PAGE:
The Nasdaq 100 (NDX) chart is bearish in its pattern. The reversal both from a potential double top as well as from its upper (channel) trendline was bearish, with a next bearish 'trigger' its break under a multiweek up trendline. Once pierced, steeper (up) trendlines tend to bring steep declines.

I'm anticipating lower levels for NDX, but not necessarily right away, given a short-term oversold condition as we may see an early week rally attempt; e.g., by Tuesday.

Near support/buying interest looks like 1785, at a prior (down) swing low, then in the 1750 area. Fairly major support should be found at the 1700 prior low. If evaluated by the current intersection of the lower channel line, major support is suggested around 1635.

Near resistance is in the 1850 area, then around 1882-1883, with major resistance beginning at 1900 to 1910.


The Nasdaq 100 (QQQQ) tracking stock is of course showing the same bearish patterns as NDX, but I'll go through the key levels of potential support and resistance. It would take an initial breakout above 47, then to above 47.7, to suggest a turnaround to the current bearish chart.

Near support: 44.0 - 43.8

Next support: 43.0

Major support: 42-42.15

Near resistance: 46

Next resistance: 46.6

Major resistance: 47.15-47.7


The Russell 2000 (RUT) chart shows a declining trend dating from its 672 high; subsequent highs then were touching the upper line of a projected downtrend channel made after that peak. Such upper channel lines often prove to be a substantial line of resistance.

When RUT then went on to break its 55-day moving average (my one exception to use of a 50-day setting) it was a further bearish 'signal' and not usually suggesting just a little price dip. A substantial sell off at some point so often follows reversal(s) at the upper end of a downtrend channel anyway. A move back to the middle of the channel tends to be a 'minimum' objective.

Near support is in the low-600 area; if reached, there could be a rebound from there. A short-term rebound looks due so whether from 600 (maybe too 'obvious' a level) or higher, a short-term rally looks due. Below 600, the prior low at 587 is potential next support. If there was a new low made (below 587), 553 is support implied by the current intersection of the low end of RUT's downtrend channel.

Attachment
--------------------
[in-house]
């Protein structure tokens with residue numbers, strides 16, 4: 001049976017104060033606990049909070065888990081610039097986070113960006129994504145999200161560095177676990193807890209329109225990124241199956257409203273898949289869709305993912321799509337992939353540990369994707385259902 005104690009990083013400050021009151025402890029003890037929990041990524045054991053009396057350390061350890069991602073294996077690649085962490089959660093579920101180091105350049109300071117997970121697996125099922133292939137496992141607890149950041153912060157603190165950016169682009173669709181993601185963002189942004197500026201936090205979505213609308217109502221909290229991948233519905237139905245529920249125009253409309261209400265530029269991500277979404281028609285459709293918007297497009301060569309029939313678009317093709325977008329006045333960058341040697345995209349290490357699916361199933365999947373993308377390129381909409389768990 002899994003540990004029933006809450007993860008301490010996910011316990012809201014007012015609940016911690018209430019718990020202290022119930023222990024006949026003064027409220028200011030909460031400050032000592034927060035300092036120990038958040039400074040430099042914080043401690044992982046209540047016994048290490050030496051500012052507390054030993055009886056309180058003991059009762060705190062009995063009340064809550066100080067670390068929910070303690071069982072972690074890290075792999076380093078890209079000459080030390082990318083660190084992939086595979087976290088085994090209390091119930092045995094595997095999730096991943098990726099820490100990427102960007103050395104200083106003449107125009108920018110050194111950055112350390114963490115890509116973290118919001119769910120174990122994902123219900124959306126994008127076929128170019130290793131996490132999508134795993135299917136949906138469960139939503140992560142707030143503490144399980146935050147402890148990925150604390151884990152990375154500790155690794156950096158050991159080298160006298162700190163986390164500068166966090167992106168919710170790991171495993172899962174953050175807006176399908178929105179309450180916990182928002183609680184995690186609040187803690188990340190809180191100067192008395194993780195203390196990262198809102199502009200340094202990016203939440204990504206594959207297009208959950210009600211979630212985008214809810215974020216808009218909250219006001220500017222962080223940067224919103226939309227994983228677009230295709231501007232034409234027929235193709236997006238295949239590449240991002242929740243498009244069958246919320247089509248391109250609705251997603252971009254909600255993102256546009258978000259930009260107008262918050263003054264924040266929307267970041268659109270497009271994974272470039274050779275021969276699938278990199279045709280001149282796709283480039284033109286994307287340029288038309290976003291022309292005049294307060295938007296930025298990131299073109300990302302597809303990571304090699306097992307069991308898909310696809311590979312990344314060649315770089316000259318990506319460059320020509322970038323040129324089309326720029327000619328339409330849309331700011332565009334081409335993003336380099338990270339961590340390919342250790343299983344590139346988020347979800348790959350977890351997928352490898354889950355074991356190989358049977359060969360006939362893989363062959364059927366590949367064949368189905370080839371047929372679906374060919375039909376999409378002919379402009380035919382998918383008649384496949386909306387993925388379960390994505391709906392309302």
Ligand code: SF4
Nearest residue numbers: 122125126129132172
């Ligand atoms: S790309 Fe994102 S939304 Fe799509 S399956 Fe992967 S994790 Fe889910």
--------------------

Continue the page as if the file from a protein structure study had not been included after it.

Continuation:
Key near resistance is at 640, representing RUT's Wednesday 'breakdown' point, which, not surprisingly was noted as near support last week. Next resistance is seen at the top end of the price channel, in the 655 area currently.




1. Technical support or areas of likely buying interest and highlighted with green up arrows.

2. Resistance or areas of likely selling interest and notated by the use of red down arrows.


3. Index price areas where I have a bullish bias or interest in buying index calls, selling puts or other bullish strategies.

4. Price levels where I suggest buying index puts or adopting other bearish option strategies.

5. Bullish or Bearish trader sentiment and display the graph of a CBOE daily call to put volume ratio for equities only (CPRATIO) with the S&P 100 (OEX) chart. However, this indicator pertains to the market as a whole, not just OEX. I divide calls BY puts rather than the reverse (i.e., the put/call ratio). In my indicator a LOW reading is bullish and a HIGH reading bearish, consistent with other overbought/oversold indicators.

Trading suggestions are based on Index levels, not a specific option (month and strike price) and entry price for that option. My outlook often focuses on the intermediate-term trend (next few weeks) rather than the next several days of the short-term trend.

Having at least 3-4 weeks to expiration tends to be my guideline for trade entry choice. I attempt to pick only what I consider to be 'high-potential' trades; e.g., a defined risk point would equal in points only 1/3 or less of the index price target.

I tend to favor At The Money (ATM), In The Money (ITM) or only slightly Out of The Money (OTM) strike prices so that premium levels are not as cheap as would otherwise be the case, which helps in not overtrading an account. Exit or stop points, as well as projected profitable index price targets, are based on my technical analysis of the underlying indexes.

New Option Plays

Something for Everyone

by Scott Hawes

Click here to email Scott Hawes
Editor's Note:
Good evening. The market is at a tough spot here and I believe it could go either way. I'm leaning towards a bounce back up into SPX 1,110. Tonight's new plays are designed to exploit the moves and I believe they have some potential. Please email me with any questions.


Cameron International - CAM - close 37.94 change +1.05 stop 35.45

Company Description:
Cameron International Corporation (Cameron) is a provider of flow equipment products, systems and services to worldwide oil, gas and process industries. The Company’s operations are organized into three business segments: Drilling & Production Systems (DPS), Valves & Measurement (V&M) and Compression Systems (CS).

Target(s): 40.50, 42.00, 43.95
Key Support/Resistance Areas: 45.00, 42.50, 41.00, 38.75, 36.00
Time Frame: Several weeks

Why We Like It: